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Ideologies of War, Genocide & Terror
Part IV: Kantorowicz - Lim
This Newsletter—the fourth presenting entries from the Ideologies of War website—includes links to:
  • An entire book by Mark Levene, Genocide in the Age of the Nation-State
  • Excerpts from Ernst Kantorowicz' classic book—on how the Body of Christ became a body politic
  • Akio Kimura on Yukio Mishima
  • Richard Koenigsberg on the reification of the nation-state, warfare as slaughter, and the logic of mass-murder
  • Lieutenant Colonel Richard Lacquement on "Casualty Aversion"
Please take your time reviewing the list of items below.
Then click through to read any document.
Kantorowicz, Ernst H.
The King’s Two Bodies: A Study in Medieval Political Theology (Book Excerpts)
  “At a certain moment in history the state appeared as a corpus mysticum comparable to the Church. Hence, pro patria mori, death for the sake of that mystico-political body made sense; it became meaningful, as it was considered equal in value to the death for the Christian faith, for the Church, or for the Holy Land.”
Keim, Randy
War Memorials, Anzac, and National Identity (Paper)
Kimura, Akio
Mishima’s Negative Political Theology: Dying for the Absent Emperor (Essay)
  With his spectacular suicide, Yukio Mishima reminded the postwar Japanese of what they had believed in during the war; it was not just the emperor as a god but the emperor as God, the absolute and transcendental being. While his behavior should be criticized for its anachronism, Mishima’s theology gives us a clue to understanding the idea that drove many Japanese to sacrificial death.
Koenigsberg, Richard
As the Soldier Dies, so the Nation Comes Alive (Essay) - PDF/eBook
  The phrase, “The individual must die so that the nation might live” reifies the nation-state, treating nations as if objects that substantially exist, suggesting that countries are entities in their own right, separate from individuals.”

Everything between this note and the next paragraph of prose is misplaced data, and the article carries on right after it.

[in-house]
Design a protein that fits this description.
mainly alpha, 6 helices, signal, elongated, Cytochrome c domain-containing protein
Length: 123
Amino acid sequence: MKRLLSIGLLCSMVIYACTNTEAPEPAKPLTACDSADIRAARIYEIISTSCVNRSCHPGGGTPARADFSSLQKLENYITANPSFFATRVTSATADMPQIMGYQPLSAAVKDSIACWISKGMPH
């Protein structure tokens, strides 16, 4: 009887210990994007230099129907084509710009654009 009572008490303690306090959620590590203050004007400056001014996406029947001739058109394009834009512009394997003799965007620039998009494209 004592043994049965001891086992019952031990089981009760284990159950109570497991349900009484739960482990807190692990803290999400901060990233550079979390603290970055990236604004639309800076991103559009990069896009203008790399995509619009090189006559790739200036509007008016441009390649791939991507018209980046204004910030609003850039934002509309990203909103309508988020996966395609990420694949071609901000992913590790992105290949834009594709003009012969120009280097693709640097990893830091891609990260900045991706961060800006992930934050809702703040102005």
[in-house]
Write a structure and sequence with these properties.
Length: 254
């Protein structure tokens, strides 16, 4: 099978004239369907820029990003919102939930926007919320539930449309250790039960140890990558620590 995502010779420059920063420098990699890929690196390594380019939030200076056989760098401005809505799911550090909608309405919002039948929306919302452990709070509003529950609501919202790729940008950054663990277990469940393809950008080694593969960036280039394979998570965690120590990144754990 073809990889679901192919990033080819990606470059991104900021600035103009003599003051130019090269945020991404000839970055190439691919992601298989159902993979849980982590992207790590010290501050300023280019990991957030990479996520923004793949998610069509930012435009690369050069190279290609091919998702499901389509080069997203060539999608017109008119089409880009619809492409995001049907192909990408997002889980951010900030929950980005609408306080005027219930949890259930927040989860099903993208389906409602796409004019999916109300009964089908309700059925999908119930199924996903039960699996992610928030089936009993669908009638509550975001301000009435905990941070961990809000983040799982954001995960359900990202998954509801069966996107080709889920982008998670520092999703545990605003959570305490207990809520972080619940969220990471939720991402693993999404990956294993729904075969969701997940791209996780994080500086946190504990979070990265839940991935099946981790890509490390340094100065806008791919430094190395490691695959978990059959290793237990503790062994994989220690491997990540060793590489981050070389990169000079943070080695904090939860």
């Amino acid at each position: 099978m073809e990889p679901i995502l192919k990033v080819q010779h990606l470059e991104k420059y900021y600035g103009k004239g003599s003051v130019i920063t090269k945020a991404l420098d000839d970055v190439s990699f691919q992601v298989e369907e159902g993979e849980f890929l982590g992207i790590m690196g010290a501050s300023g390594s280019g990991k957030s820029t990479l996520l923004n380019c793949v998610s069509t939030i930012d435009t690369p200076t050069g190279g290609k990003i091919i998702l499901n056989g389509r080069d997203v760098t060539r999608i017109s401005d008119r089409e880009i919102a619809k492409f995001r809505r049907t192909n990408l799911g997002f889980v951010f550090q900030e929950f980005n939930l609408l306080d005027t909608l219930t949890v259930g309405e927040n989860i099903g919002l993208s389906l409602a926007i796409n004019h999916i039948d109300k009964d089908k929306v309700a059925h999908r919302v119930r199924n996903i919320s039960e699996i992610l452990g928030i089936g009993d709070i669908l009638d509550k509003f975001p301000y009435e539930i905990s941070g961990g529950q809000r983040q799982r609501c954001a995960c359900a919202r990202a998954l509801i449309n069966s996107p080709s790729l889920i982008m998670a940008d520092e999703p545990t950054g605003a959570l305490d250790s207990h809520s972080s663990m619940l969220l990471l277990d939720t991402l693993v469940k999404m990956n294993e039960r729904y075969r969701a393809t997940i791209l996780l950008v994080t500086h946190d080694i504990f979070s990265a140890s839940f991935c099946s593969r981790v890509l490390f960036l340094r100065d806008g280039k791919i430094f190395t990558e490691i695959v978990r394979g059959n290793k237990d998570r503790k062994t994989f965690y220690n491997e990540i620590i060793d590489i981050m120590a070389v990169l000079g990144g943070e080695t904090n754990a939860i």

Dying for the Country (Essay) - PDF/eBook
  The Holocaust depicts the ugliness, futility and meaninglessness of submission to the nation-state: sacrificial death stripped of words like honor, heroism and glory.
The First World War as Sacrificial Ritual (Essay) - PDF/eBook
  During the First World War, soldiers’ bodies were fed into the jaws of battle under the assumption that the “life” of the nation was more significant than the lives of human beings. Individual bodies were sacrificed in the name of the greater glory of the body politic.
The Logic of Mass Murder (Essay) - PDF/eBook
  SS-men have been viewed as the epitome of masculine aggression and virility. In reality, the state-of-being of the SS-man was precisely the opposite: These men were compelled to submit absolutely—to become slaves for Hitler and Himmler; to die when the Nazi leadership asked them to do so.
The Logic of the Holocaust (Essay) - PDF/eBook
  Nazi ideology was based on profound attachment and devotion to Germany, Jews symbolized the opposite of attachment and devotion to Germany. The metaphor that appeared with greatest frequency in Hitler’s speeches to describe Jews was Zerzetzung, “force of disintegration.”
The Sacrificial Meaning of the Holocaust (Essay) - PDF/eBook
  A sign at the entrance to Auschwitz read, “I bid you welcome. This is not a holiday resort but a labor camp. Just as our soldiers risk their lives at the front, you will have to work for the welfare of a new Europe.” Just as German soldiers were suffering and dying at the front, so Jews would be required to undergo an even more horrible ordeal.
Understanding War (Keynote Address, United World College, Feb. 2, 2007)
Virility and Slaughter (Essay) - PDF/eBook
  The destruction of the male body in the First World War occurred in the name of entities or objects given names such as France, Germany, Great Britain, Russia, Italy, etc. These objects required or justified abject submission.
Krauthammer, Charles
America, Battle-Tested (Article)
Lacquement, Jr., Richard A.
The Casualty Aversion Myth (Paper)
Levene, Mark
Genocide in the Age of the Nation State, Vol. 2: The Rise of the West and the Coming of Genocide (Book)
Lim, Timothy C.
Constructivism and International Relations (Presentation Slides)